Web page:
Round & About the Plac Unii Roundabout

22 May 2018

Plac Unii Lubelskiej finds itself situated in the area where one of Warsaw’s main thoroughfares, ul. Marszałkowska, blends into the never ending Ul. Puławska. Plonked between these two major arteries, the area never really established much of an identity and in general was pretty much just a place one passed through while trying to get from A to B.

The name Plac Unii Lubelskiej means the square of The Union of Lublin and refers to the creation of the Polish-Lithuanian Commonwealth in 1569 which saw the dissolution of the Crown of the Kingdom of Poland and the Grand Duchy of Lithuania. The new commonwealth was ruled by one elected monarch who took on the roles of both King of Poland and Grand Duke of Lithuania and was governed by a separate senate and parliament. Although, seen as a democratic and peacefully instigated change, where trade thrived and shared laws were beneficial to both nations, one can argue that this was the point where the Polish nobility rose to the height of their powers, creating a class driven society which ultimately led to the partitions of Poland towards the end of the 18th century. Some Lithuanian historians take things a step further, claiming the commonwealth simply installed a ruling class of Polish noblemen within the formerly independent territory of Lithuania.

Over the past few years, Plac Unii Lubelskiej and its surrounding area has slowly started becoming quite a buzzing and popular place to hang out. The opening of the Plac Unii City Shopping mall in 2013 heralded in the beginnings of a new lease on life to this previously neglected zone.

When I first moved to Warsaw, way back in 2000, one of the highlights of the week was a visit to the Supersam store at Ul. Puławska 2 (now the site of the luxury Plac Unii City shopping mall). When the store opened in 1962, it was Poland's first self service supermarket. Its stunning modern design by architects Jerzy Hryniewiecki and Ewa & Maciej Krasinski, featured bow shaped suspended roofs and featured walls of glass and corrugated aluminum. The building stood as a flagship of communist era construction, with its innovative design ideas and was a master class in architect/structural engineer collaboration. By the time I would frequent the store, in order to carry out the weekly shop, it was already a somewhat uncared for and melancholy shadow of what it had been in the past. The shopping experience itself was always a whole lot of fun, with grumpy old ladies in nylon housecoats forcing you to take a plastic basket before entering, then proceeding to follow you around the store, eyeing up your every move with more than suspicion; each customer a potential member of Fagan’s gang of miscreants, pickpockets and shoplifters. Of course, none of that could detract my attention from the fading glory of the building itself. When plans for the new mall were passed in 2009, this fabulous, retro space-age construction was demolished without anyone even batting an eyelid. Any other country would have slapped a listed building order on the structure but, as usual, Poland has an uncomfortable relationship with its past. In fairness, Supersam now operate a conventional looking and well stocked supermarket in the basement level of the new mall.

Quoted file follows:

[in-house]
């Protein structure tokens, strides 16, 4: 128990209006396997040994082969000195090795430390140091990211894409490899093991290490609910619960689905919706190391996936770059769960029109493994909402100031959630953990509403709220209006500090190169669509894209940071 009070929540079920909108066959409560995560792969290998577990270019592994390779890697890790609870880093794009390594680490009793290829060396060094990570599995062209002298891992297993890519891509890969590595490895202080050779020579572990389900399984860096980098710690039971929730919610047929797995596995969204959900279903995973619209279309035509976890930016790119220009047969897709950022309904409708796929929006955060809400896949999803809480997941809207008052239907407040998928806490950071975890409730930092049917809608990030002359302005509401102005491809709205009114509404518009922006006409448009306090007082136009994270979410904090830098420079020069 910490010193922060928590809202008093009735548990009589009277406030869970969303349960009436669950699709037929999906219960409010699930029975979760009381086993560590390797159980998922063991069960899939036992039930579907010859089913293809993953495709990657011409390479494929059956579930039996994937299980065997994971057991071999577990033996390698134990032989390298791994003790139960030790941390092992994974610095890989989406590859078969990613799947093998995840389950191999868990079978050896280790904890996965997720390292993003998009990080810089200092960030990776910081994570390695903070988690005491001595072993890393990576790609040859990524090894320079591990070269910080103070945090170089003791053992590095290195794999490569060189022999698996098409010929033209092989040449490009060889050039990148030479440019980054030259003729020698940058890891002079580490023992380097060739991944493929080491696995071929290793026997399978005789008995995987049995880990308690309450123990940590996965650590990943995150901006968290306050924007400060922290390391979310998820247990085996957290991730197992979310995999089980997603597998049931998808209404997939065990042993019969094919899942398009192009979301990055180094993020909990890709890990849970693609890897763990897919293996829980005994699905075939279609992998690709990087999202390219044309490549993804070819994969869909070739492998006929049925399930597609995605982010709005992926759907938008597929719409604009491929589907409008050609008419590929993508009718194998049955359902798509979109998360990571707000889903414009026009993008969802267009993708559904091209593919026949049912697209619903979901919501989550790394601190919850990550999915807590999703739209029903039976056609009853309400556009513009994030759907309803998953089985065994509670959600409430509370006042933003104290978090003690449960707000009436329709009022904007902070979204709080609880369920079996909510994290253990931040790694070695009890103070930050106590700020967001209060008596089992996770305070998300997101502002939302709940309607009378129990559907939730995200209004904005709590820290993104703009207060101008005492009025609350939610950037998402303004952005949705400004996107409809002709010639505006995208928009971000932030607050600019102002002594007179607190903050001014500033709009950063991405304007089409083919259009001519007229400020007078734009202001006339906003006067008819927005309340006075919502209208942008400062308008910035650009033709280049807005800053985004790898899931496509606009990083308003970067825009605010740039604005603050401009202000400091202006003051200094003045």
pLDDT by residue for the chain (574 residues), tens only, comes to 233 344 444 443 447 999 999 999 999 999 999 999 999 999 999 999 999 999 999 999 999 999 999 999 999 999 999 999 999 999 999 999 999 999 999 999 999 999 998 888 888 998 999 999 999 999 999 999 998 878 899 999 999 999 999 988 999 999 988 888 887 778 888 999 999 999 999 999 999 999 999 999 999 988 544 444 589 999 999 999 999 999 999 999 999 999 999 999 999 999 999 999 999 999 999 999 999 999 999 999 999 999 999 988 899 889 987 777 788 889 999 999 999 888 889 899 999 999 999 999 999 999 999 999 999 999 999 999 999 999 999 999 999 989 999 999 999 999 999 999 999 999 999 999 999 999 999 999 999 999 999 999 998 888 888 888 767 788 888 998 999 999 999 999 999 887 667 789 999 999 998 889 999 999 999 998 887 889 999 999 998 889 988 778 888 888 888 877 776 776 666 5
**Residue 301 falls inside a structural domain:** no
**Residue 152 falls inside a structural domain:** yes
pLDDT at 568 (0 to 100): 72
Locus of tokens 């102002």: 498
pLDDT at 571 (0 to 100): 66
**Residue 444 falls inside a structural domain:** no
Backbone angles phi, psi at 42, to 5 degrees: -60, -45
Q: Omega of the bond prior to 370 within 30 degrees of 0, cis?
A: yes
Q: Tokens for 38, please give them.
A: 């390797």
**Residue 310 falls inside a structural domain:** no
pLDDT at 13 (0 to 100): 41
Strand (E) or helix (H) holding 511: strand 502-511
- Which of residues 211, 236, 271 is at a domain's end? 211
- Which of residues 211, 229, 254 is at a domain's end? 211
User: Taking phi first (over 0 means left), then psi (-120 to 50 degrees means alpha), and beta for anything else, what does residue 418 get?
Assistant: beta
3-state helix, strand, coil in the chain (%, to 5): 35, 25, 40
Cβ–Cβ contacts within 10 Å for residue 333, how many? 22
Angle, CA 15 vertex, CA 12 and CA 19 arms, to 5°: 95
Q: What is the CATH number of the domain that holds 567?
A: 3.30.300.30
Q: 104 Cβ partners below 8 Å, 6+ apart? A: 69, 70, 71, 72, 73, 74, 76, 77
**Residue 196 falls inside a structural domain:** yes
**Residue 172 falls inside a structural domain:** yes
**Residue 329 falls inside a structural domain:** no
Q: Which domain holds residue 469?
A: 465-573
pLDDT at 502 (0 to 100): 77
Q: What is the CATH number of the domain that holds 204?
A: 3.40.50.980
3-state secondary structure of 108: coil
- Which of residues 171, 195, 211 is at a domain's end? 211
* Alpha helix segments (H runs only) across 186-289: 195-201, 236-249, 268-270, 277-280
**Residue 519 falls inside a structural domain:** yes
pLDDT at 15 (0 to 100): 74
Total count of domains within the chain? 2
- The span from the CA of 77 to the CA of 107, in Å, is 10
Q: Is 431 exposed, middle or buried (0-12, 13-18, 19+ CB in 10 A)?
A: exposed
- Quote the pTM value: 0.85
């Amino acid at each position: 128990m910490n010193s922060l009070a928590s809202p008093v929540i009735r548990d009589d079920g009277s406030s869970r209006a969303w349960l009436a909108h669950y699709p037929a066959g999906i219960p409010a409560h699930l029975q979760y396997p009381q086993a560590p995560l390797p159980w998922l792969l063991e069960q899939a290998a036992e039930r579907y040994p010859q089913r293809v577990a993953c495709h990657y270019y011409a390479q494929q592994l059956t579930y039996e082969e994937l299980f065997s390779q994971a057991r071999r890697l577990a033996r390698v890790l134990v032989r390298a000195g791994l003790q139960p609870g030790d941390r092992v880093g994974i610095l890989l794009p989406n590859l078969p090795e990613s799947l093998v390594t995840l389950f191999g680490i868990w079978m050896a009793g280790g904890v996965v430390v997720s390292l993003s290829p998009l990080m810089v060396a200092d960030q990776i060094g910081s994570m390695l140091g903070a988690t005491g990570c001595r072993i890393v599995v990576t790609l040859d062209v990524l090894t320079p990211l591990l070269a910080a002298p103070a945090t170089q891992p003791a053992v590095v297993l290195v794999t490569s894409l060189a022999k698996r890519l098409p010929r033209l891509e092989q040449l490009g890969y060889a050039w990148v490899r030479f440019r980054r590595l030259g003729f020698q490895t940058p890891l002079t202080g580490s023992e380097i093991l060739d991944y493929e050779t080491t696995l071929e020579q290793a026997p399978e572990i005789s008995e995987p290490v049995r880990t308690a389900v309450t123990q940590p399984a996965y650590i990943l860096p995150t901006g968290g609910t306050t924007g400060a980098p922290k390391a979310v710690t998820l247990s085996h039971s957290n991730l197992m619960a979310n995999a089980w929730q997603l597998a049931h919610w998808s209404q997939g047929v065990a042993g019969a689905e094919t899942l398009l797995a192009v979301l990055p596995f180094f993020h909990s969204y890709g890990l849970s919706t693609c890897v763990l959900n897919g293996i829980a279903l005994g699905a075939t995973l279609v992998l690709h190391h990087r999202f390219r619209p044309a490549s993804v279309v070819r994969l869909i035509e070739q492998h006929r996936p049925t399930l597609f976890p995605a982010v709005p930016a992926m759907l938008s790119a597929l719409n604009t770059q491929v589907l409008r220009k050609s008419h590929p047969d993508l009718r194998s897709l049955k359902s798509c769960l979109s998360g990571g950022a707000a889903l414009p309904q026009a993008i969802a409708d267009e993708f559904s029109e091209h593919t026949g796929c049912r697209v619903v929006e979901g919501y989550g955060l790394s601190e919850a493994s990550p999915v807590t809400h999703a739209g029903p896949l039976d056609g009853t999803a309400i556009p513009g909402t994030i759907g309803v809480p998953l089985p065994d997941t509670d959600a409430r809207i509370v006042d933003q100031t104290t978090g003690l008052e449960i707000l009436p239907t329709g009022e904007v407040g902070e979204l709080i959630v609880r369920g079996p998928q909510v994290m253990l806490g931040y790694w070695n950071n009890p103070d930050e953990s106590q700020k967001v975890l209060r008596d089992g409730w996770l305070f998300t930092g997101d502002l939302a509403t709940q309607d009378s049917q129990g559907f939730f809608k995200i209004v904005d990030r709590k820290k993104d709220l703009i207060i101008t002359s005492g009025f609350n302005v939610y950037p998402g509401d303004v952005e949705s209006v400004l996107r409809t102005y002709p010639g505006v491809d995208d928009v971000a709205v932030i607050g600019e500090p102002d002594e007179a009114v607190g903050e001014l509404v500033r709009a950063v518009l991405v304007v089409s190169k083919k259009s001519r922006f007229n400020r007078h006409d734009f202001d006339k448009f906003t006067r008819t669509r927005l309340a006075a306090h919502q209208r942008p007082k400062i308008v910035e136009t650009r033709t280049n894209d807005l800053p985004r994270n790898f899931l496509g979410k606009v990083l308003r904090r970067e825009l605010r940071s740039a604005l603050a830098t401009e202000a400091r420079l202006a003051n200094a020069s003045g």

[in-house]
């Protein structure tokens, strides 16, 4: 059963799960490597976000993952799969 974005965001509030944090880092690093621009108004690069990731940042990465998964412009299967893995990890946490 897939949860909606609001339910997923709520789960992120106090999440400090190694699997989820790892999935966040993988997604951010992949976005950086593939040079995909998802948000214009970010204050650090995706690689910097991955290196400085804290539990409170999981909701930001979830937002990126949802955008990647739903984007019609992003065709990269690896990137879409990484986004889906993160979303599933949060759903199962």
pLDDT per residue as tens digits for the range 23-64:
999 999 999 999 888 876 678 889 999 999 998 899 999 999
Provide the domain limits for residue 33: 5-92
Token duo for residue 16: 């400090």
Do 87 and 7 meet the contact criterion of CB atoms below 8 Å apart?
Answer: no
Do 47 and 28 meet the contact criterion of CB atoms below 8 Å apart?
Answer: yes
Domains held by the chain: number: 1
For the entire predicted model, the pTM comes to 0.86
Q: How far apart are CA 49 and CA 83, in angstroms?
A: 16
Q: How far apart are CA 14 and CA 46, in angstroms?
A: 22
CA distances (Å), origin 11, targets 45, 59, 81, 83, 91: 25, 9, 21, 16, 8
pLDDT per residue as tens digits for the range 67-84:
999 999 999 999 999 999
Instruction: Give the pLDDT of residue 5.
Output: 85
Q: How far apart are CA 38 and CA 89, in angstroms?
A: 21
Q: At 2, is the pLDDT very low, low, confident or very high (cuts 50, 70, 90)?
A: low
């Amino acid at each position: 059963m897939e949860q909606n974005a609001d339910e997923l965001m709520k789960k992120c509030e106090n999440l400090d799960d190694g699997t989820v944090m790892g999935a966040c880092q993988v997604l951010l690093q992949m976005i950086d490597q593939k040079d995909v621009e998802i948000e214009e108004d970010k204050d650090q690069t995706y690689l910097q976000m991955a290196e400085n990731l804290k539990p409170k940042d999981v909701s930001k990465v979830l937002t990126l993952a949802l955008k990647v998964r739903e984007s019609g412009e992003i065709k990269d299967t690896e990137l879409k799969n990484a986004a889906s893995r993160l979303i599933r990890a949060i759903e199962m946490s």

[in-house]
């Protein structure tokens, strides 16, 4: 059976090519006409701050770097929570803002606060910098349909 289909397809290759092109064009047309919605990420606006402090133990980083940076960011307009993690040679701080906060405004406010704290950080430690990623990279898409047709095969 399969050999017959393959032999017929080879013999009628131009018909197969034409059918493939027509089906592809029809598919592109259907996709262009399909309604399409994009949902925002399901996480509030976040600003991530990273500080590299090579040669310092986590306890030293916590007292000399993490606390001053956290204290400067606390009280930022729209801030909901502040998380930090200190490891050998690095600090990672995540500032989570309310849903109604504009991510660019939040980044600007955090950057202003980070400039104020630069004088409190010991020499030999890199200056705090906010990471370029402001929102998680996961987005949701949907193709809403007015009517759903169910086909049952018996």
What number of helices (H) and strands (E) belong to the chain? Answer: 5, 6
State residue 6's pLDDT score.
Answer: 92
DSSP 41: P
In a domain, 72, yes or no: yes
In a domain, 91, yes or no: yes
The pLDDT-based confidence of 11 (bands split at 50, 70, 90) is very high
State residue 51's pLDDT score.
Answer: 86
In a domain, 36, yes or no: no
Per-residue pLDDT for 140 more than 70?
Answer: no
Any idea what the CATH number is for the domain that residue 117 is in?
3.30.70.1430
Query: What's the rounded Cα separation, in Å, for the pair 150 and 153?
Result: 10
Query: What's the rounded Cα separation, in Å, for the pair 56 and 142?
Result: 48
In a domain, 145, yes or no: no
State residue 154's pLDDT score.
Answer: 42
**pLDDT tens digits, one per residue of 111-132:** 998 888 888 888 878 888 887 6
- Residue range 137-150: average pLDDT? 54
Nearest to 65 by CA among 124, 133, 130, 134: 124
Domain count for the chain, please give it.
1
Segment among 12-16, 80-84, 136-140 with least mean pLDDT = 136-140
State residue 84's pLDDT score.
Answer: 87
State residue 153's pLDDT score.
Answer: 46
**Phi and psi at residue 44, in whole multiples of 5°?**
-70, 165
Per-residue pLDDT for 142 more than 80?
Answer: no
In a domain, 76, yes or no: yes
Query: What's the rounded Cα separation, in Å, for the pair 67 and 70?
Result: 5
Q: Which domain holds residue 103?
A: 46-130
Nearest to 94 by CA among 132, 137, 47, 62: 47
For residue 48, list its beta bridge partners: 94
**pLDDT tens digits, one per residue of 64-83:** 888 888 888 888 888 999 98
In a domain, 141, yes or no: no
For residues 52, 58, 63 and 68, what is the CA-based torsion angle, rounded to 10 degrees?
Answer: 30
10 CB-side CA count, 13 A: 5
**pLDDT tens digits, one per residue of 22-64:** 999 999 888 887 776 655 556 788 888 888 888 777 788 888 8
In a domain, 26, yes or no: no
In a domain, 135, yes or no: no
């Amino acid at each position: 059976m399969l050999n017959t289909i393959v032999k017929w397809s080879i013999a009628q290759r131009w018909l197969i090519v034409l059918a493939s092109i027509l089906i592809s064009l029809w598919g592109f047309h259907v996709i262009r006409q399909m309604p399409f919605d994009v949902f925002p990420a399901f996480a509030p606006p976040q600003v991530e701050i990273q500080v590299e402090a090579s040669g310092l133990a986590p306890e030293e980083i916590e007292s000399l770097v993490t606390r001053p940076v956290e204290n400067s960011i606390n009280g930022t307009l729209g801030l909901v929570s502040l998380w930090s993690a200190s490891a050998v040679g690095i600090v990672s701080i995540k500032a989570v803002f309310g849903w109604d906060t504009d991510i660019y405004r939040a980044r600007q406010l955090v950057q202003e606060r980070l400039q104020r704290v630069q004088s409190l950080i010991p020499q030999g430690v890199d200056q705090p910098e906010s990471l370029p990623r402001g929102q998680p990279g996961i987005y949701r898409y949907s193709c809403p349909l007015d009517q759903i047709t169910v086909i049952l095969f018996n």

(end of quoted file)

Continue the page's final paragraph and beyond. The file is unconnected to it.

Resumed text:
Plac Unii City Shopping


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